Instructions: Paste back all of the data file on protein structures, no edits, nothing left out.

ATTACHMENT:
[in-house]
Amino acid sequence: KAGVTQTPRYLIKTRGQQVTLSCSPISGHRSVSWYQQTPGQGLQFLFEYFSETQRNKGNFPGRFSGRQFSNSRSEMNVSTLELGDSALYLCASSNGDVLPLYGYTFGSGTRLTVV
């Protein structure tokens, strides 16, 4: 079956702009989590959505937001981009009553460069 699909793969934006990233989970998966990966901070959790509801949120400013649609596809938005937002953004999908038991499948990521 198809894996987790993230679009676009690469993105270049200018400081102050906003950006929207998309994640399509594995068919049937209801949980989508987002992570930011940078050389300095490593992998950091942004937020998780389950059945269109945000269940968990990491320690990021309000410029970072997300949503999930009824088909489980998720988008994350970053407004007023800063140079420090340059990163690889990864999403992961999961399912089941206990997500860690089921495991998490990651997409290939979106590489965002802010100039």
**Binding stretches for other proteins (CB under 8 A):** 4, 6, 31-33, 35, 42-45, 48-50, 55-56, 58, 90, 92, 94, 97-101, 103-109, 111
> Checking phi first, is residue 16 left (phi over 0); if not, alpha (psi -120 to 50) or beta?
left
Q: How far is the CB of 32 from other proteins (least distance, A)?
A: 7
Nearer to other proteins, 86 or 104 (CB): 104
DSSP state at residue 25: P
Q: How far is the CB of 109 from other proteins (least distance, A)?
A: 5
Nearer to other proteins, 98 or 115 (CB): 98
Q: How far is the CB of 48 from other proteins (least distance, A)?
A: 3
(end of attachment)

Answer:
[in-house]
Amino acid sequence: KAGVTQTPRYLIKTRGQQVTLSCSPISGHRSVSWYQQTPGQGLQFLFEYFSETQRNKGNFPGRFSGRQFSNSRSEMNVSTLELGDSALYLCASSNGDVLPLYGYTFGSGTRLTVV
């Protein structure tokens, strides 16, 4: 079956702009989590959505937001981009009553460069 699909793969934006990233989970998966990966901070959790509801949120400013649609596809938005937002953004999908038991499948990521 198809894996987790993230679009676009690469993105270049200018400081102050906003950006929207998309994640399509594995068919049937209801949980989508987002992570930011940078050389300095490593992998950091942004937020998780389950059945269109945000269940968990990491320690990021309000410029970072997300949503999930009824088909489980998720988008994350970053407004007023800063140079420090340059990163690889990864999403992961999961399912089941206990997500860690089921495991998490990651997409290939979106590489965002802010100039």
**Binding stretches for other proteins (CB under 8 A):** 4, 6, 31-33, 35, 42-45, 48-50, 55-56, 58, 90, 92, 94, 97-101, 103-109, 111
> Checking phi first, is residue 16 left (phi over 0); if not, alpha (psi -120 to 50) or beta?
left
Q: How far is the CB of 32 from other proteins (least distance, A)?
A: 7
Nearer to other proteins, 86 or 104 (CB): 104
DSSP state at residue 25: P
Q: How far is the CB of 109 from other proteins (least distance, A)?
A: 5
Nearer to other proteins, 98 or 115 (CB): 98
Q: How far is the CB of 48 from other proteins (least distance, A)?
A: 3